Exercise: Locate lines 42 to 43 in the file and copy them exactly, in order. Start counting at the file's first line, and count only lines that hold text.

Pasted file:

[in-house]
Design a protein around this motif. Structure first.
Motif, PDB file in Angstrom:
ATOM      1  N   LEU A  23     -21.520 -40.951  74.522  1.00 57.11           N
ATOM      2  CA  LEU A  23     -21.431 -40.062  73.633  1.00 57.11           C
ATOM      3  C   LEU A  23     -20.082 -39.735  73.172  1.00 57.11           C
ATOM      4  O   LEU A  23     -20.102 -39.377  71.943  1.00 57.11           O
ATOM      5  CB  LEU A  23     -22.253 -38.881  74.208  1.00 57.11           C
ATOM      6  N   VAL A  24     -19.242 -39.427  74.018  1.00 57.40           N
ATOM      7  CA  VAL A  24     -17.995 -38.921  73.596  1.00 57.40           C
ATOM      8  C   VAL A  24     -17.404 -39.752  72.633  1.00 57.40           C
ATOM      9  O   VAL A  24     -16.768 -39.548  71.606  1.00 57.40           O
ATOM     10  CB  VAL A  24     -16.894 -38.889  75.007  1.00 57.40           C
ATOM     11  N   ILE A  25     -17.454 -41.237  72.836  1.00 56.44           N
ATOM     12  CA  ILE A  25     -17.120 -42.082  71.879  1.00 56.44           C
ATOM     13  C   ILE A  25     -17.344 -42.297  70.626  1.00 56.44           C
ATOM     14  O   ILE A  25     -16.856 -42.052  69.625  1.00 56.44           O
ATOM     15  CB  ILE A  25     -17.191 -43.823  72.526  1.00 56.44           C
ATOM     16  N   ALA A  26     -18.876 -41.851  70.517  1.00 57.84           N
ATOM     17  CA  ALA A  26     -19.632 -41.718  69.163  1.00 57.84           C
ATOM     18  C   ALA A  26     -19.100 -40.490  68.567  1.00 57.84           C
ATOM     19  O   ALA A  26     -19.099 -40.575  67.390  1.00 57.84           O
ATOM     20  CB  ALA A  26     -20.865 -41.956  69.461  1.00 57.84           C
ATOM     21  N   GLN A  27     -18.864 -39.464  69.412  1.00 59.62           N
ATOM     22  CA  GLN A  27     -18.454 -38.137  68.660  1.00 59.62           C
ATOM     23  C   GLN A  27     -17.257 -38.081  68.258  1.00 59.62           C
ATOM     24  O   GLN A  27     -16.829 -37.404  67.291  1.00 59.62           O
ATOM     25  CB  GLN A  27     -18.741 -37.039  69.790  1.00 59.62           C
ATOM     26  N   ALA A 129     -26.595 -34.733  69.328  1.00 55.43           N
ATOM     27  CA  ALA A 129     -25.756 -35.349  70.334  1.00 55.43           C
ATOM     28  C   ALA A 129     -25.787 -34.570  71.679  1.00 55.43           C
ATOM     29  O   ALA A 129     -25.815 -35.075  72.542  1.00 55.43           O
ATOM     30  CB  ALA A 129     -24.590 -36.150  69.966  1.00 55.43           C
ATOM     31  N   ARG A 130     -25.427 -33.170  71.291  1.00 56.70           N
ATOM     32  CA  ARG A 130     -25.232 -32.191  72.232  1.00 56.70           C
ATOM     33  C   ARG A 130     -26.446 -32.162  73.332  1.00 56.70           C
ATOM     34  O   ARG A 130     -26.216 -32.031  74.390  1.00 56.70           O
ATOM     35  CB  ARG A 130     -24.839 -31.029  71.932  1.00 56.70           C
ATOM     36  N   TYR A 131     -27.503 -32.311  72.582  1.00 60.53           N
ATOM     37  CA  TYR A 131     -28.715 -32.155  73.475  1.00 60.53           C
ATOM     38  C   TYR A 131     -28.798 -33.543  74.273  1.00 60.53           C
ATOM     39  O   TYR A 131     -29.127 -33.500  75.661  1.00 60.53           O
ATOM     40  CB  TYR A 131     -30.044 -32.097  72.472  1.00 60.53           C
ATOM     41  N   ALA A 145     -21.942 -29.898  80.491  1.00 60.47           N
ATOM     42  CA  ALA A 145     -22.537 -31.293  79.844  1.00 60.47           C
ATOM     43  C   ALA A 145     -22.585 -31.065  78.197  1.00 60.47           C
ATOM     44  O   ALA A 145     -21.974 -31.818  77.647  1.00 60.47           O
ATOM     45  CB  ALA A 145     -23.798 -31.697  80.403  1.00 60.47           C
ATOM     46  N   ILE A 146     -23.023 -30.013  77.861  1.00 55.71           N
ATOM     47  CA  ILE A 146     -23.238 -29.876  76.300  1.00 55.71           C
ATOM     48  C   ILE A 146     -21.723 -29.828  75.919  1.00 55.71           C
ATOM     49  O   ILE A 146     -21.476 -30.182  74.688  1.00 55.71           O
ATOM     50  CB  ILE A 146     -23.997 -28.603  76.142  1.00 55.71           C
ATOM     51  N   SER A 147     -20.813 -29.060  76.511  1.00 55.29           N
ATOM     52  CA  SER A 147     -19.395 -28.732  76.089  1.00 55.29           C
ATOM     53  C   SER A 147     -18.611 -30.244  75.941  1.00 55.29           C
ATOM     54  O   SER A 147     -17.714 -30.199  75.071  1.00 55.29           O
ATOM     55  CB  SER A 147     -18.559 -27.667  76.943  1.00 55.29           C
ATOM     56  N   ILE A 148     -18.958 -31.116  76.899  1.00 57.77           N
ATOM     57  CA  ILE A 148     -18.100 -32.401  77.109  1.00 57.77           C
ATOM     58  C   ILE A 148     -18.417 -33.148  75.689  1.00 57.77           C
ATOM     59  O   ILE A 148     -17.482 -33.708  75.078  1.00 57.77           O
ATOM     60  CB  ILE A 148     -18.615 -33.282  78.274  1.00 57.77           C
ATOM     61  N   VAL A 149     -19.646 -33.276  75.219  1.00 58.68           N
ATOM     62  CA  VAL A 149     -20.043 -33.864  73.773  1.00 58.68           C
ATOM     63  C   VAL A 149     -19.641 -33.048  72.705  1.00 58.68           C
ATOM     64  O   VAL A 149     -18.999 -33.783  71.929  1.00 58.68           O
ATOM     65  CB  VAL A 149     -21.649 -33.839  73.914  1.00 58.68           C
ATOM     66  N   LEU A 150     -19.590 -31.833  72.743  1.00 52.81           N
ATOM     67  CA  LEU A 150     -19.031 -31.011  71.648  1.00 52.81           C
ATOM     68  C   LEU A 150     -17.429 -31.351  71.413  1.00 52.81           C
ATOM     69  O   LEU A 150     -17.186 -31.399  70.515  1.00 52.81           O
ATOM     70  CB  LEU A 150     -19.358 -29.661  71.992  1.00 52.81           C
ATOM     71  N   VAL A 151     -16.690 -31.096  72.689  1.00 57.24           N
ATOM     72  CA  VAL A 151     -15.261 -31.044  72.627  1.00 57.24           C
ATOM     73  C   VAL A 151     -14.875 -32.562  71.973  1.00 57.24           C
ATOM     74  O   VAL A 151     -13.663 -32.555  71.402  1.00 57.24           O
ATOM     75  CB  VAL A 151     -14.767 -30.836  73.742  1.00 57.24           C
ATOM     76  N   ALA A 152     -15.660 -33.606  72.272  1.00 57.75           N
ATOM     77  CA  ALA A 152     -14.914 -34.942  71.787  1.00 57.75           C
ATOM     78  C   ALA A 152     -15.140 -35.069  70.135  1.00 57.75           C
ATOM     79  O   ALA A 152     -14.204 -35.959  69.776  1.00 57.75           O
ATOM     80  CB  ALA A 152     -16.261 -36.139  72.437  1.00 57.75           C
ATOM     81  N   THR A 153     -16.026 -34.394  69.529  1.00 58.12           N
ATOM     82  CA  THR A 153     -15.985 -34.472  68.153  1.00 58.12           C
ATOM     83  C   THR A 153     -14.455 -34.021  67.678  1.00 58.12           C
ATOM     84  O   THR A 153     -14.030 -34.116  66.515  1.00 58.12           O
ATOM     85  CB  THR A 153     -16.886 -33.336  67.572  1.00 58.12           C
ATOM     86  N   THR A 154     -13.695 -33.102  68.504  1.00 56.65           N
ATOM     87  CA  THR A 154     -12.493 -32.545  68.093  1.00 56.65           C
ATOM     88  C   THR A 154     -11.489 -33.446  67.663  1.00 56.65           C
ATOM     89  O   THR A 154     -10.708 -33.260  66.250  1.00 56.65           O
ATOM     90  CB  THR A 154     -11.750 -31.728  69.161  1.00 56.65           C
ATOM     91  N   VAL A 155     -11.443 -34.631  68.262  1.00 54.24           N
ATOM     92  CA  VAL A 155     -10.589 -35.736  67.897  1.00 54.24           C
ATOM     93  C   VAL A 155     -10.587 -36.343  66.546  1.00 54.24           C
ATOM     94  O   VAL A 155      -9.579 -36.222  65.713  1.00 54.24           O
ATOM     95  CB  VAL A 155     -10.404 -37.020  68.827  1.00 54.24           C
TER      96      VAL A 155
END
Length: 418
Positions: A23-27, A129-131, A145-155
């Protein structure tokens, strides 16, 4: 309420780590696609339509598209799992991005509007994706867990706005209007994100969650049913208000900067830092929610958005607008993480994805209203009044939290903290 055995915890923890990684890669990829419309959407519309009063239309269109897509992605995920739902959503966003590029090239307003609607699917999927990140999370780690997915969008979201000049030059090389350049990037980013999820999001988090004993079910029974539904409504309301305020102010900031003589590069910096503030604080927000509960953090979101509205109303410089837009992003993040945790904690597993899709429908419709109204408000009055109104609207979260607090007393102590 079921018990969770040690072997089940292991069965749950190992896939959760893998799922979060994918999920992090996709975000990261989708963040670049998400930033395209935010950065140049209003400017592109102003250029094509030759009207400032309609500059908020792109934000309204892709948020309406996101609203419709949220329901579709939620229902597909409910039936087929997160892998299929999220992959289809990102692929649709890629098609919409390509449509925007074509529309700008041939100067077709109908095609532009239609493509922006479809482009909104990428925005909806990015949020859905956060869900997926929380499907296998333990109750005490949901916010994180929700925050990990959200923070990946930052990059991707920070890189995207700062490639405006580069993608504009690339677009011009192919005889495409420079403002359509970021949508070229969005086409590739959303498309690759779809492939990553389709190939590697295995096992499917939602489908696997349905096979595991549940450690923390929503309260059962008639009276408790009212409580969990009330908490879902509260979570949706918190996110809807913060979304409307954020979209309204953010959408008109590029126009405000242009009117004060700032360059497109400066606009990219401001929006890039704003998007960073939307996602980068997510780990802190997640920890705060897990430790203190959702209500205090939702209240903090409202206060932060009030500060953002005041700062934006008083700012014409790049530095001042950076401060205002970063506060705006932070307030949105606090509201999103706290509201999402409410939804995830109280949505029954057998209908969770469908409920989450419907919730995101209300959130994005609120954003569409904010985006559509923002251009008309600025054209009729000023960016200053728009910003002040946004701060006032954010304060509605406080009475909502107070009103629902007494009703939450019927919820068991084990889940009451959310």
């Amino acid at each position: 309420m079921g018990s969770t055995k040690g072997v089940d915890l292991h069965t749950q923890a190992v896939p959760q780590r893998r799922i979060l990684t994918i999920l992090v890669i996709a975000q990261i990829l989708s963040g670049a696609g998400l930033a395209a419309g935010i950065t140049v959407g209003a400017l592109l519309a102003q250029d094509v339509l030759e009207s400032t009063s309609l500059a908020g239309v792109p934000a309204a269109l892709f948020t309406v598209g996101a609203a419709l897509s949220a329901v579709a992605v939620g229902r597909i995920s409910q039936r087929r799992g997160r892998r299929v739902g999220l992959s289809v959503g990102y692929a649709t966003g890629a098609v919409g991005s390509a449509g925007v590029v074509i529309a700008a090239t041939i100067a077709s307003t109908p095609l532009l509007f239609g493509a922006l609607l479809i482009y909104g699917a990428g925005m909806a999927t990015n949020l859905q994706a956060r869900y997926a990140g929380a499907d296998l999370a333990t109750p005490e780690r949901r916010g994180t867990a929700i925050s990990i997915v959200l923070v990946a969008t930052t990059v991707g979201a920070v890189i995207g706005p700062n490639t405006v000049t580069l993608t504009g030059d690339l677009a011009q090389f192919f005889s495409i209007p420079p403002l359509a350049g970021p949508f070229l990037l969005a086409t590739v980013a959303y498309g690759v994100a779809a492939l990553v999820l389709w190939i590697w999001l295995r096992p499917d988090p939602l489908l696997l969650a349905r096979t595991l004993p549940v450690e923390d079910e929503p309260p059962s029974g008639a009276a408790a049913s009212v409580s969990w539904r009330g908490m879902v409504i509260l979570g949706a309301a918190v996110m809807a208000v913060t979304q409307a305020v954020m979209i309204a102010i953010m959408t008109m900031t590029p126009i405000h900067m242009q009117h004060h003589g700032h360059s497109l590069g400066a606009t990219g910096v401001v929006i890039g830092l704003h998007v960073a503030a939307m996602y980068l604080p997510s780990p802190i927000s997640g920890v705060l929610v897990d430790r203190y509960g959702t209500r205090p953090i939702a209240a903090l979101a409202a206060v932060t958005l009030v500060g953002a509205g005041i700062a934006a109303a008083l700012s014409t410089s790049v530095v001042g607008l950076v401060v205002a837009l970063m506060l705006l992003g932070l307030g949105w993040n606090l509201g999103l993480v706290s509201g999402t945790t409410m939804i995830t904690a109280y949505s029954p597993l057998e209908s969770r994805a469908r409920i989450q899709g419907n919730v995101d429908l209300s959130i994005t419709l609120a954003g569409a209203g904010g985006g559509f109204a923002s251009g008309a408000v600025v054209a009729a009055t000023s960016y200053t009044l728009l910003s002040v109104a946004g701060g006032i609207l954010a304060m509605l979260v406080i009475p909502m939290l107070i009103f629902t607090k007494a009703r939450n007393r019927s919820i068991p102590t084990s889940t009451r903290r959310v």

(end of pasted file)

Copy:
ATOM     39  O   TYR A 131     -29.127 -33.500  75.661  1.00 60.53           O
ATOM     40  CB  TYR A 131     -30.044 -32.097  72.472  1.00 60.53           C